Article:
Verification And Validation Don’t Mean The Same Thing

The two tasks have different goals and require a different approach.


While often used intermixed, verification and validation are quite different procedures with different goals and different means to achieve those goals.

No better way to clear up the confusion by starting with some definitions as stated by Wikipedia,

“Verification is intended to check that a product, service, or system (or portion thereof, or set thereof) meets a set of design specifications.”

“Validation is intended to ensure a product, service, or system (or portion thereof, or set thereof) results in a product, service, or system (or portion thereof, or set thereof) that meets the operational needs of the user.”

As you can read from the above definitions the fundamental difference between verification and validation is the context in which tests are being conducted. In a verification flow the correctness of the design is being tested against the design specifications. In the validation flow the correctness of the design is being tested against the needs of the targeted user. While the needs of the targeted user ought to have driven the design specifications, this should be explicitly validated.

In their article “How prototyping increases interoperability success” Hugo Faria and João Lucas from Synopsys illustrate that this is not always the case:

“At a recent plugfest, Synopsys was testing an HDMI 2.0 capable receiver, using an IP Prototyping Kit, with another company’s HDMI 1.4 transmitter. By connecting the cable to the receiver and reading the Extended Display Identification Data (EDID) from it, the transmitter acquires knowledge about the receiver and how to configure itself for compatibility. For example, if the preferred video mode of the receiver is 4K (the highest resolution video mode supported by our IP Prototyping Kit) and the transmitter is able to send only full HD 1080p, then the transmitter should configure itself for 1080p. However, during the plugfest, the transmitter system unexpectedly reconfigured itself for 480p DVI mode. …

… This unwanted behavior occurred despite the fact that none of the devices were acting contrary to the HDMI specification. It could only be discovered by trying multiple configurations in quick succession at the plugfest, which the IP Prototyping Kit facilitated.”

Since the tasks are different, how to perform them is also different. As verification is a continuous process that typically happens throughout the development cycle, it is important to enable many iterations. This also means that setup should be as easy as possible. That is why verification is typically done using simulators and emulators. Specifications can be checked leveraging verification IP (VIP) and transactors. They drive protocol correct traffic to the design under test to verify functional correctness. The performance of FPGA-based emulators using transactors also enables verification in context of the actual software which has become an absolute must in today’s software dominated technology world.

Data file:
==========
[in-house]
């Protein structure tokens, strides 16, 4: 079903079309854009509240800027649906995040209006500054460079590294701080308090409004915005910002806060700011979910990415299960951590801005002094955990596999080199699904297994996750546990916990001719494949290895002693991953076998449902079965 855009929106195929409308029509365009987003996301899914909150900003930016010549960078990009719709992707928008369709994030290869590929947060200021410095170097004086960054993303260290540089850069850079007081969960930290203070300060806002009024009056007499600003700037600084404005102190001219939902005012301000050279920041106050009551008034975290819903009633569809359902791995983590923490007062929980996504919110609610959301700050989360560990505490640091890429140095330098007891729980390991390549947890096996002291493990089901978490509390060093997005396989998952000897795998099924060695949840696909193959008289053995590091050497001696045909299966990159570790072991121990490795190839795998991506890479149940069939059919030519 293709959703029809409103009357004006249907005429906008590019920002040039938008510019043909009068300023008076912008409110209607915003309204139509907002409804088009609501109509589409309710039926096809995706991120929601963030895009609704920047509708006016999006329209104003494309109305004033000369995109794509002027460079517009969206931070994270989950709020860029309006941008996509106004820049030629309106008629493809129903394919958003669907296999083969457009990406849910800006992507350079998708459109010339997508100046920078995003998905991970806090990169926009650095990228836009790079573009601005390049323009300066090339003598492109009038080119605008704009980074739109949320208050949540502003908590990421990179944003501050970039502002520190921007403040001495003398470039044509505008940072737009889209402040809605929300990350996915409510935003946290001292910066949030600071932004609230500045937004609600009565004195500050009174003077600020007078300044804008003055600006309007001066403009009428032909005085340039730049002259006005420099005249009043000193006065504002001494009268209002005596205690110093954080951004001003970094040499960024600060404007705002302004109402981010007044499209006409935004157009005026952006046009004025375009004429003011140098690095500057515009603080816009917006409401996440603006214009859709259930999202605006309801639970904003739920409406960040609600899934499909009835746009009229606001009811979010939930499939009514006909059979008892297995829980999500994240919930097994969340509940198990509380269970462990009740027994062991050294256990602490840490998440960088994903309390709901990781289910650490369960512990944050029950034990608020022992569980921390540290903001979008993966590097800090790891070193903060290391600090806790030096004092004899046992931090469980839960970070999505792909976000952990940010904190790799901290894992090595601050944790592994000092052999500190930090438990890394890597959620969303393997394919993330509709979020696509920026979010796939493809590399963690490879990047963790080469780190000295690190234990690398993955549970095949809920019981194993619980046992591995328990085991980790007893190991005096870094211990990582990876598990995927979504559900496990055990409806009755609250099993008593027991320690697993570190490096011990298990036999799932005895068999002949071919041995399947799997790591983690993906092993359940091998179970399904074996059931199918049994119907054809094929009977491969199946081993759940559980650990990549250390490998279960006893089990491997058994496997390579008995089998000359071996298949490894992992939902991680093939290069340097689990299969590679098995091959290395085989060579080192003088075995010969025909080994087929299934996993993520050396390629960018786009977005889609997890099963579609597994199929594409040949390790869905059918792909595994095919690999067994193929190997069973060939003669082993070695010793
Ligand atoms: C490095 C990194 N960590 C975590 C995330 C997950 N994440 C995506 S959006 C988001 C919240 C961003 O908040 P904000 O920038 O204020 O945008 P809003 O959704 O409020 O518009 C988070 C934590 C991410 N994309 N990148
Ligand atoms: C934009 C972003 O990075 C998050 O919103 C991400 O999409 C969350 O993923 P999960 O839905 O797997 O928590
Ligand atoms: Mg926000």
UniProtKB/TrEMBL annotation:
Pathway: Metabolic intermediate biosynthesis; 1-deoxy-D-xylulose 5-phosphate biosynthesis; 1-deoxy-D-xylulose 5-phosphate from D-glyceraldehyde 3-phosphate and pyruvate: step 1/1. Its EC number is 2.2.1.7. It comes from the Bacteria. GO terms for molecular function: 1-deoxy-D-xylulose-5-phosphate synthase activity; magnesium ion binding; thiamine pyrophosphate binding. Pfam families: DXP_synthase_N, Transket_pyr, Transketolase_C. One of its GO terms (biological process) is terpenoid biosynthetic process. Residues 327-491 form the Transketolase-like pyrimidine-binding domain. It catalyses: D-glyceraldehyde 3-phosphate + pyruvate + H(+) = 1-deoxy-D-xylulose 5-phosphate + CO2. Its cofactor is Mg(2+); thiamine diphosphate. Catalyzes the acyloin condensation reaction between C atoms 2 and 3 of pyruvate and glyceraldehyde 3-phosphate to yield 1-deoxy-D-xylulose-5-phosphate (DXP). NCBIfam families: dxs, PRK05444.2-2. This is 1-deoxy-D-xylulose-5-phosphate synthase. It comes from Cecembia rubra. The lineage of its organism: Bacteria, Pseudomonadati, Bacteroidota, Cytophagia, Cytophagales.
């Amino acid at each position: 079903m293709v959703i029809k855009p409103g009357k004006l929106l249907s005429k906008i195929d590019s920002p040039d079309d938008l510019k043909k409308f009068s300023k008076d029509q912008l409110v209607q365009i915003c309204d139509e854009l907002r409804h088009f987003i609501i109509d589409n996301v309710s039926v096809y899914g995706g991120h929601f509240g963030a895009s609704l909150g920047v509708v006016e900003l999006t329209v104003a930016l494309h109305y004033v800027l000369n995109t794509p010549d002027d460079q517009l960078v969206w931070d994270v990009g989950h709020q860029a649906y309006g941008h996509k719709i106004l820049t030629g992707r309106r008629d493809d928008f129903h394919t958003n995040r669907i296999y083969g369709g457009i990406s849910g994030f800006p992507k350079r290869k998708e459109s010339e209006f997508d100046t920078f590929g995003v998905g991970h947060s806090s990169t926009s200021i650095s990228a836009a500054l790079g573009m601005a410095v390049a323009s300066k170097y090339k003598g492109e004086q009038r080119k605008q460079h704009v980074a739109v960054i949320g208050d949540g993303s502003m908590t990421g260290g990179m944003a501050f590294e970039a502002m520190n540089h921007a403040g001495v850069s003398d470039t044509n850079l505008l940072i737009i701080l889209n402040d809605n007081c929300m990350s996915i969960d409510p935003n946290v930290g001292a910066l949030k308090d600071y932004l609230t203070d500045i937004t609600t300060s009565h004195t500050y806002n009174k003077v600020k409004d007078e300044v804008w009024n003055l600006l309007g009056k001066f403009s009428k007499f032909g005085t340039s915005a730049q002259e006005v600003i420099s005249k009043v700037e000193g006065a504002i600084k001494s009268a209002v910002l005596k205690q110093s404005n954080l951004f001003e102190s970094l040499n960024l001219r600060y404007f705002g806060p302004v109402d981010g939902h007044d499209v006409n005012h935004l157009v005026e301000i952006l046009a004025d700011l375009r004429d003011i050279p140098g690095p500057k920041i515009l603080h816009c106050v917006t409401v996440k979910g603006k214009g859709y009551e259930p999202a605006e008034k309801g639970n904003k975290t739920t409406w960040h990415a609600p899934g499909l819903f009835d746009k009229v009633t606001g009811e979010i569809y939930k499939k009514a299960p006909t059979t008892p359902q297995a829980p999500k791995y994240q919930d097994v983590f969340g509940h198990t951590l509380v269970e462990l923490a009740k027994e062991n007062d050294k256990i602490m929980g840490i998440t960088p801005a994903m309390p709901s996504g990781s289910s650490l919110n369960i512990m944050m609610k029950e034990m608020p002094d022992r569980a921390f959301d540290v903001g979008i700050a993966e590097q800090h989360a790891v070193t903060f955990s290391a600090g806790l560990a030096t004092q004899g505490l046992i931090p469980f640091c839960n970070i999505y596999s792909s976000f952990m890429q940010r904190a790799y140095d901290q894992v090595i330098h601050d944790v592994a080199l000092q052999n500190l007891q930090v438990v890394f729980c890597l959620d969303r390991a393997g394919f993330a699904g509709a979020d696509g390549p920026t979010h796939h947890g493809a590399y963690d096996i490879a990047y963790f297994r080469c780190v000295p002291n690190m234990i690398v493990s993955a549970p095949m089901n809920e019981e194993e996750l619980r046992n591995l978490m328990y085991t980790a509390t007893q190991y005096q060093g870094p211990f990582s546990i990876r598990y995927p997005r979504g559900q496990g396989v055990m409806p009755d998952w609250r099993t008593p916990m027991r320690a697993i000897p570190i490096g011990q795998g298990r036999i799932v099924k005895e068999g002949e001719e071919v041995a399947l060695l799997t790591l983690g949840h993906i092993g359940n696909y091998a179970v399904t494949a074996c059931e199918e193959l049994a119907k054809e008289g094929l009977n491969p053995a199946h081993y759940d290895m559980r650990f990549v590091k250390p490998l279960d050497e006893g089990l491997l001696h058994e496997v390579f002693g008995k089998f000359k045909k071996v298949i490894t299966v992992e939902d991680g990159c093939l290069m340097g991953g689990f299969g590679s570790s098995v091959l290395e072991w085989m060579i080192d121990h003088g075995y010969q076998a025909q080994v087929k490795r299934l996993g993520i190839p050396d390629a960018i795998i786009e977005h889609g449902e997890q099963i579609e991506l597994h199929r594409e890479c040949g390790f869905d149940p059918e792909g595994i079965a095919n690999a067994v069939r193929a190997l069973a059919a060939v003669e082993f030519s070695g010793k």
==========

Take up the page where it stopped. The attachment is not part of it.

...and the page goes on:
In contrast, hardware and software validation requires interaction with real world interfaces. And to enable realistic scenarios with these real world interface, they must run at their target speed which is typically over 100MHz. This requires a different methodology supported by prototyping. FPGA-based prototypes can support the target performance and enable interaction with real world interfaces through PHY daughter boards. It is, however, important that the prototyping hardware and software are developed with real world IO and performance in mind. At these high speeds every detail is important:

  • Taking care of the different clock ratios in the system and supporting the interface IP to run at 100+MHz.
  • Synchronization of clocks across multiple FPGAs.
  • Supporting high performance prototypes that span across multiple FPGAs by offering a high speed time division multiplexing (HSTDM) scheme that deals with multiplexing the many communication signals across FPGAs.
  • Minimizing delays across a prototype that spans multiple FPGAs by reducing the amount of FPGA crossings through direct cable connections between FPGAs across the entire prototype.

Only when a prototyping solution takes care of the above requirements will it enable complex designs with multiple interfaces to be validated against the target use cases. This involves testing software issues, like driver issues only triggered when validating against actual PHYs; performance validation, to avoid unexpected contention or the occurrence of latencies due to subsystem integration; hardware issues, like signal integrity; and power management problems like power up or power down sequence deadlocks.

As with many aspects in life, it is important to use the right tool for the job. Verification and validation are not the same. Only prototyping in the context of real world IO can provide early confidence that hardware and software fulfill the end user’s needs.